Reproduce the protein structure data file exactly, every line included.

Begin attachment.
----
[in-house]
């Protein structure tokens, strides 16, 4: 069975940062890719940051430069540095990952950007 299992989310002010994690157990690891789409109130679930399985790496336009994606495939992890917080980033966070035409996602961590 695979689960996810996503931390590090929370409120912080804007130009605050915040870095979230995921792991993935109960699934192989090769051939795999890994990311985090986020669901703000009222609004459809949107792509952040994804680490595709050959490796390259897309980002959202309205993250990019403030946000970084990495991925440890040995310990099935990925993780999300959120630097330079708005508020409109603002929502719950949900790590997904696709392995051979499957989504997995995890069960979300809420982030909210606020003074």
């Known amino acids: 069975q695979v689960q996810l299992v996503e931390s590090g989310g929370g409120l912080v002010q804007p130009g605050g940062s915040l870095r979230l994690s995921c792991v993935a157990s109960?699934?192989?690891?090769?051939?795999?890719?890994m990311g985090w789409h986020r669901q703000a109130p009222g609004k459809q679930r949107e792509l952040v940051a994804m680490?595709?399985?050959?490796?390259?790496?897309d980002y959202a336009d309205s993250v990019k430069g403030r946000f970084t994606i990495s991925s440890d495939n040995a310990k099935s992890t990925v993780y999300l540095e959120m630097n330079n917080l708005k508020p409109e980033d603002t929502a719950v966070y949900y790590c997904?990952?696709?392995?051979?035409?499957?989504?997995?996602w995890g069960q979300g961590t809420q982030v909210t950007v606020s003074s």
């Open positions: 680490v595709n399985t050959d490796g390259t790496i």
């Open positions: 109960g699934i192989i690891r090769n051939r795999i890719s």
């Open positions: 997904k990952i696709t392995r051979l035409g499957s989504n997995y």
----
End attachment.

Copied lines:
[in-house]
């Protein structure tokens, strides 16, 4: 069975940062890719940051430069540095990952950007 299992989310002010994690157990690891789409109130679930399985790496336009994606495939992890917080980033966070035409996602961590 695979689960996810996503931390590090929370409120912080804007130009605050915040870095979230995921792991993935109960699934192989090769051939795999890994990311985090986020669901703000009222609004459809949107792509952040994804680490595709050959490796390259897309980002959202309205993250990019403030946000970084990495991925440890040995310990099935990925993780999300959120630097330079708005508020409109603002929502719950949900790590997904696709392995051979499957989504997995995890069960979300809420982030909210606020003074």
């Known amino acids: 069975q695979v689960q996810l299992v996503e931390s590090g989310g929370g409120l912080v002010q804007p130009g605050g940062s915040l870095r979230l994690s995921c792991v993935a157990s109960?699934?192989?690891?090769?051939?795999?890719?890994m990311g985090w789409h986020r669901q703000a109130p009222g609004k459809q679930r949107e792509l952040v940051a994804m680490?595709?399985?050959?490796?390259?790496?897309d980002y959202a336009d309205s993250v990019k430069g403030r946000f970084t994606i990495s991925s440890d495939n040995a310990k099935s992890t990925v993780y999300l540095e959120m630097n330079n917080l708005k508020p409109e980033d603002t929502a719950v966070y949900y790590c997904?990952?696709?392995?051979?035409?499957?989504?997995?996602w995890g069960q979300g961590t809420q982030v909210t950007v606020s003074s």
């Open positions: 680490v595709n399985t050959d490796g390259t790496i």
């Open positions: 109960g699934i192989i690891r090769n051939r795999i890719s």
């Open positions: 997904k990952i696709t392995r051979l035409g499957s989504n997995y």